If you peruse your mobile marketplace’s “productivity” apps you will find such entries as: to-do lists, notes, contacts, file shares, free hand writing apps, etc. In general these apps offer functionality that helps users organize themselves but offer very little in the form of business productivity. Furthermore, these apps are not usually connected to any of your business infrastructure and therefore promote data silos; disjointed stores of information that aren’t connected to anything meaningful for your business.
What does productivity mean? Dictionary.com defines it as:
The quality, state, or fact of being able to generate, create, enhance, or bring forth goods and services.
Based on the above definition what does being productive look like for employees? Simply put: productivity is action that produces revenue. It is the time when an employee is executing tasks that the business can invoice or bill. In the world of mobility that means working with data. And not just any data – company data.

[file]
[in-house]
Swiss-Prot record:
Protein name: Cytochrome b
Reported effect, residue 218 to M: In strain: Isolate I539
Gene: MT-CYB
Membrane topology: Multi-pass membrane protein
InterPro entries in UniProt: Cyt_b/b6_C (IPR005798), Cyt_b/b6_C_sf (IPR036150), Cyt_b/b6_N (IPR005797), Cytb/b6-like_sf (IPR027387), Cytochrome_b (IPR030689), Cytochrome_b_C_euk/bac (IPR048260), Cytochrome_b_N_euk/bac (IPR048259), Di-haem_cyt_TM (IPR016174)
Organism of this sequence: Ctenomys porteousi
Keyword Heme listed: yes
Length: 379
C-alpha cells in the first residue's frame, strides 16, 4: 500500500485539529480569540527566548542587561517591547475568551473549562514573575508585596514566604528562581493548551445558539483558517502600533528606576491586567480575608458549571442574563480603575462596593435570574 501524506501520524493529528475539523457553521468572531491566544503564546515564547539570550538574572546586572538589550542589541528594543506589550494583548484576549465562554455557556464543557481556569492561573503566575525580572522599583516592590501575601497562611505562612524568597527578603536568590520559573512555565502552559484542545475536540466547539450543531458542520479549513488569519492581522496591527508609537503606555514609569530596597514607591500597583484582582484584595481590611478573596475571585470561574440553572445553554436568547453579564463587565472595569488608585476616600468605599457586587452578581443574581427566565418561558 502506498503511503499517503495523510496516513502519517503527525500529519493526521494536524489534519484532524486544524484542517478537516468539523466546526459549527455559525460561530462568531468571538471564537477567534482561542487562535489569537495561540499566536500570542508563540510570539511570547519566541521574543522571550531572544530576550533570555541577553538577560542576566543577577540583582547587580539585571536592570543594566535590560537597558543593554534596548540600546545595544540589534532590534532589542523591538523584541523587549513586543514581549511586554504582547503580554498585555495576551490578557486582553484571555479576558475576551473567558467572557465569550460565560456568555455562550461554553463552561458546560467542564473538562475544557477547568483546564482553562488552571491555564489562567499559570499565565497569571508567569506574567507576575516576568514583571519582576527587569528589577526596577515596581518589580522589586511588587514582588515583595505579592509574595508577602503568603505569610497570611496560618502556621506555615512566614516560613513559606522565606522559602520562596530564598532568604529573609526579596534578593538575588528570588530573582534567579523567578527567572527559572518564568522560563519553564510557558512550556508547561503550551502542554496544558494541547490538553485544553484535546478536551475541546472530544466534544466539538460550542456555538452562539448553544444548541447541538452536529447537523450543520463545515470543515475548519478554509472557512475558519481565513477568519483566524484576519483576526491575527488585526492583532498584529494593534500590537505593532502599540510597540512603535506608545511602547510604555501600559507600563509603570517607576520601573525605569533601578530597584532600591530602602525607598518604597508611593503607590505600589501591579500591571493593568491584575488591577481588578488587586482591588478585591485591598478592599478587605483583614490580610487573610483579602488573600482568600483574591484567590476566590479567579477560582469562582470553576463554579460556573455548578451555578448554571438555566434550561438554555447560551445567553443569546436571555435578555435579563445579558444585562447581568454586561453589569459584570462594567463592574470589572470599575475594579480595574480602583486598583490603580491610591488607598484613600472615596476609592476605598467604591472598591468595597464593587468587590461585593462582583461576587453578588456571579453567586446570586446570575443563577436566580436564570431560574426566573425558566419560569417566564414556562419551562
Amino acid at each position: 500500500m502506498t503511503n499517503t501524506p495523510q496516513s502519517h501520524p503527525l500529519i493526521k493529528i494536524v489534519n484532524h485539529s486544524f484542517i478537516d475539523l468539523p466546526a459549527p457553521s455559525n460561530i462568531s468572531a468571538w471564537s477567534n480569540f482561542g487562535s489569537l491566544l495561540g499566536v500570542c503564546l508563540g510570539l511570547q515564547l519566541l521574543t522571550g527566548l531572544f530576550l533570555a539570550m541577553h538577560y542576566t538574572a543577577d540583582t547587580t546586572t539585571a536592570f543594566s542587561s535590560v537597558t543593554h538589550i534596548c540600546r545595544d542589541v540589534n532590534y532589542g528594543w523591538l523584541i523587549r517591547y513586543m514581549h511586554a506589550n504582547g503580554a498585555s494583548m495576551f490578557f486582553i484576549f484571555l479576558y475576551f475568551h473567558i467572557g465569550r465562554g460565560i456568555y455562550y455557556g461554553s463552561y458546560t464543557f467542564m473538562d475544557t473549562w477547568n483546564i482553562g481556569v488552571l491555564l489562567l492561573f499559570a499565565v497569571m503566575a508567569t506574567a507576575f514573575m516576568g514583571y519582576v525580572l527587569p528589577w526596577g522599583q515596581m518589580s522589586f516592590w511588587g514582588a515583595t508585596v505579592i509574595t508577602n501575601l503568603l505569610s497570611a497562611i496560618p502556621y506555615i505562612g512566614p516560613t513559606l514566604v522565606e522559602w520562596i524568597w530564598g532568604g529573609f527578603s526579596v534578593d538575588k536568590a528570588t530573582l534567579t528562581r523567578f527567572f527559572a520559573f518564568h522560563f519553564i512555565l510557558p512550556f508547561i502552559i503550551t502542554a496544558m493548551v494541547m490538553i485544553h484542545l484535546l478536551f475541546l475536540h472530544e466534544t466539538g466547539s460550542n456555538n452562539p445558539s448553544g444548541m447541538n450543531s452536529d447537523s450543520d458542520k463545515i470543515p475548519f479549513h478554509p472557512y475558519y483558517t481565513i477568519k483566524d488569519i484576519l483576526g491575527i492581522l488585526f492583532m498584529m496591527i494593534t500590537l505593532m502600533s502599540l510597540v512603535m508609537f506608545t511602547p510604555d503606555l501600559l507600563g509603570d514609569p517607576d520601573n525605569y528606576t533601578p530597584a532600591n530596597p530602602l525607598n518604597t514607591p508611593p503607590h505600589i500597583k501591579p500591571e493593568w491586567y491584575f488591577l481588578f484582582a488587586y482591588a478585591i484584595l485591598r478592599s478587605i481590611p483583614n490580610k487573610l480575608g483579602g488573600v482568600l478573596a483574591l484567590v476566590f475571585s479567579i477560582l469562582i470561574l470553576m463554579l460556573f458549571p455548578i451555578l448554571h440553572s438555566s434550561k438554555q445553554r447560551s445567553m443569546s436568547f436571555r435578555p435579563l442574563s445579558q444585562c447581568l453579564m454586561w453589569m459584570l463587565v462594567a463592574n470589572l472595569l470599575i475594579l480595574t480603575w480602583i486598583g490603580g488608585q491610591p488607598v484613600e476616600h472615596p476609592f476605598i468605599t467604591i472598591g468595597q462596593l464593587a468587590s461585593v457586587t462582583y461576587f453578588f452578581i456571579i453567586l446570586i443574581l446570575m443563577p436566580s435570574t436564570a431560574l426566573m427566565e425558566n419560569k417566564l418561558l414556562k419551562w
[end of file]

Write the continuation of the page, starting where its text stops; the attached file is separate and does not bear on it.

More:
So what are the data elements that employees are, or at least should be, working on to make money for a company? It can be broken into a few high-level categories:
- Line of Business data
- Audio/Video Manipulation
- Communication (Email, Social Media)
- Systems control
In order for a mobile productivity app to be of real value to a business it requires connectivity to a centralized structure that can manage, aggregate, and analyze the work being done as a cohesive company unit. This work can be accomplished with on-premise or in the cloud infrastructure but either way a centrally managed infrastructure is involved. Many, if not most, apps lack this capability and are better suited for individuals rather than organizations. Pass them over for business purposes as you may regret it later when an employee quits and your valuable data is left high and dry somewhere out there.
Do you know what apps people in your company are using? Do you have users creating isolated data islands? What can organizations do upfront to avoid this? Companies that are attempting to leverage mobile devices for productivity not only need an effective mobile device management strategy but also a plan for mobile productivity. Next I’ll discuss the parts to these plans and what questions you should be asking as an organization.